The availability of ready-to-use components plays a major role in choosing UIMA over other alternatives. To accentuate this, the workshop puts a focus on UIMA-based components and tools that are freely available for research.

Call for Papers:

Extended Deadline: July, 9


News: A one-hour beginners tutorial on UIMA will be held prior to the workshop at the same day.


Participants are invited to present applications realized using UIMA, general experiences using UIMA as a platform for natural language processing, as well as technical papers on particular aspects of the UIMA framework. Alternatives to and comparisons of other frameworks - e.g. GATE, LingPipe, etc. - with UIMA are of interest, too. More specifically, workshop topics include, but are not limited to:

-UIMA components with a special focus on genericity and type-system independence
-Repositories of ready-to-use UIMA-based components
-(generic) type systems for UIMA
-Distribution of UIMA components: documentation, licensing and packaging
-Sophisticated tools to build and manage complex processing pipelines
-Experience reports combining UIMA-based components from different sources, as well as solutions to interoperability issues
-Processing of very large data collections: scale-out, parallelization, and performance optimization
-Analysis of results: exploration, evaluation, visualization, and statistical analysis
-Developing for UIMA: simplified APIs, debugging, unit testing, and limitations of UIMA


We invite submissions of full papers, limited to 8 pages of text, and position papers or papers describing ongoing work as short papers, limited to 4 pages. Both kinds of papers will be orally presented. Double submissions (whether verbatim or in essence) should indicate this fact and name the workshop or conference event also addressed. Reviewing will not be anonymous but authors wishing to keep their anonymity may hide their identity on demand.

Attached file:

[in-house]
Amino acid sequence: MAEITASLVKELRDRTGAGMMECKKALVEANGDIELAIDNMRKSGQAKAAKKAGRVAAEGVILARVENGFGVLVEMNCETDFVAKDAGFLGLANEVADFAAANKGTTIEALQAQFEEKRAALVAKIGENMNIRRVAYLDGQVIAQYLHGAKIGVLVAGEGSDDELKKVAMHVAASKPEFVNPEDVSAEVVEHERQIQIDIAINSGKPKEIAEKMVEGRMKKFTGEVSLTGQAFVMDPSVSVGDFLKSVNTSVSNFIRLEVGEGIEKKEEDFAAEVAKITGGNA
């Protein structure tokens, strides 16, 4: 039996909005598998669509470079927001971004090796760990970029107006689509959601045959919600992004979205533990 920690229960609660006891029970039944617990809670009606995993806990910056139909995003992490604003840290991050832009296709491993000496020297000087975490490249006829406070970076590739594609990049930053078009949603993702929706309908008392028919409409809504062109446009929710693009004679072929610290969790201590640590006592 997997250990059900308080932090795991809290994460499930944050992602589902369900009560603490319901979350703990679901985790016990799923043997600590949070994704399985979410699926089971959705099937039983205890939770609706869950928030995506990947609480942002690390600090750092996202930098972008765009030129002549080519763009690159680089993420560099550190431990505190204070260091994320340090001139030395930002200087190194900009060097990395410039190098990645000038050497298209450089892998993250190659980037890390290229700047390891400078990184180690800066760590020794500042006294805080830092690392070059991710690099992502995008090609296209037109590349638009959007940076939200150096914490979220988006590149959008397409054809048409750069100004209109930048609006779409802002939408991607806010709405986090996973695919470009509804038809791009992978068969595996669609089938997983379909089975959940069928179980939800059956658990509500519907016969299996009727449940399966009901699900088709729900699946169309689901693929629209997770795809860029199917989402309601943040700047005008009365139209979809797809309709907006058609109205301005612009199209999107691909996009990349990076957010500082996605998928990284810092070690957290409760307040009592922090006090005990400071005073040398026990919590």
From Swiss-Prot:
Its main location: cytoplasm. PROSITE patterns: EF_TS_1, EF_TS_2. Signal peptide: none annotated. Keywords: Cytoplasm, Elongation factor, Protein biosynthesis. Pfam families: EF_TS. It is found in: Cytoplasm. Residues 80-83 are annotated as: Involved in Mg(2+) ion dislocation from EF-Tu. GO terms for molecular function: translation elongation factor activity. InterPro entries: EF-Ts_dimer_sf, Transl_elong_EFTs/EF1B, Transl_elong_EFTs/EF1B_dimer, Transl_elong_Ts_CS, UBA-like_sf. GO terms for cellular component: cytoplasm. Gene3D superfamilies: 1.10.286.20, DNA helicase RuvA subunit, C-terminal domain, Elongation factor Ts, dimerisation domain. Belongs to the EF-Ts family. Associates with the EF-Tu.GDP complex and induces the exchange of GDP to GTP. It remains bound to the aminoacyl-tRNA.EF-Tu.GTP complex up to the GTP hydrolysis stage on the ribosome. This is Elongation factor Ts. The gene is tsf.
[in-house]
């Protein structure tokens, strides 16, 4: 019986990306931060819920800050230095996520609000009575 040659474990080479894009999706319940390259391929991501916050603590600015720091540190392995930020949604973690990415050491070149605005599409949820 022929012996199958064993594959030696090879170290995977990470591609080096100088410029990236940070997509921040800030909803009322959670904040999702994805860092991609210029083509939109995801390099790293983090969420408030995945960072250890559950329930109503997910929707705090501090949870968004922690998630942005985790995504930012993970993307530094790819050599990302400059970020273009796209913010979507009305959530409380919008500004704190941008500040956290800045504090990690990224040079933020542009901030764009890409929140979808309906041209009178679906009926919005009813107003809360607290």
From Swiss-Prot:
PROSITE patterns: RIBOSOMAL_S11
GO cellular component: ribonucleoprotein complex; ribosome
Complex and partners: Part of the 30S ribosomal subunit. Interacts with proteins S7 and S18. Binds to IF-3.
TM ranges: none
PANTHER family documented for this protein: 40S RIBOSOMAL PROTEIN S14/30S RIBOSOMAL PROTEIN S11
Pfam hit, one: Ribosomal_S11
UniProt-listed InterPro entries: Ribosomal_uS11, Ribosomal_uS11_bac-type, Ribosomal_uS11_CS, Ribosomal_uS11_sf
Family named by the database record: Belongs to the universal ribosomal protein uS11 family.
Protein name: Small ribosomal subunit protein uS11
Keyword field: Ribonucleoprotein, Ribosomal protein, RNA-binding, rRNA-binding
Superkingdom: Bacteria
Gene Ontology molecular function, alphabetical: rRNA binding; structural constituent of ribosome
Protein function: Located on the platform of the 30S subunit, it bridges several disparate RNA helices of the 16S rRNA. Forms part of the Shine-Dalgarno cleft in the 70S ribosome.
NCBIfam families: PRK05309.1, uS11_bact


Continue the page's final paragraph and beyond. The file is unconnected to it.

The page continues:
All submissions must be in English and follow the Springer LNCS style [1] and should be created using LaTeX. Submissions must be sent in PDF format to uima.gscl2009googlemail.com no later than July, 9th.

Accepted submissions will appear in the GSCL conference proceedings.

[1] http://www.springer.com/computer/lncs?SGWID=0-164-7-72376-0

Important Dates:

July, 9 : Submission deadline
July, 21: Notification of acceptance
July, 28: Camera-ready copies due
Sept, 30: Workshop held in Potsdam in conjunction with GSCL

Organizers and Contact:

JULIE Lab, Friedrich-Schiller-Universität Jena
Udo Hahn
Katrin Tomanek
UKP Lab, Technische Universität Darmstadt
Iryna Gurevych
Richard Eckart de Castilho

Please address any inquiries regarding the workshop to: uima.gscl2009googlemail.com

Program Committee:

Anni R. Coden, IBM T.J. Watson Research Center, USA
Branimir K. Boguraev, IBM T.J. Watson Research Center, USA
Graham Wilcock, University of Helsinki, Finland
Dietmar Rösner, University of Magdeburg, Germany
Iryna Gurevych, Technische Universität Darmstadt, Germany
Katrin Tomanek, Friedrich-Schiller-Universität Jena, Germany
Leo Ferres, University of Concepcion, Chile
Michael Tanenblatt, IBM T.J. Watson Research Center, USA
Nicolas Hernandez, Université de Nantes, France
Philipp Cimiano, Delft University of Technology, Netherlands
Richard Eckart de Castilho, Technische Universität Darmstadt, Germany
Sophia Ananiadou, University of Manchester, Great Britain
Stefan Geißler, TEMIS GmbH, Germany
Udo Hahn, Friedrich-Schiller-Universität Jena, Germany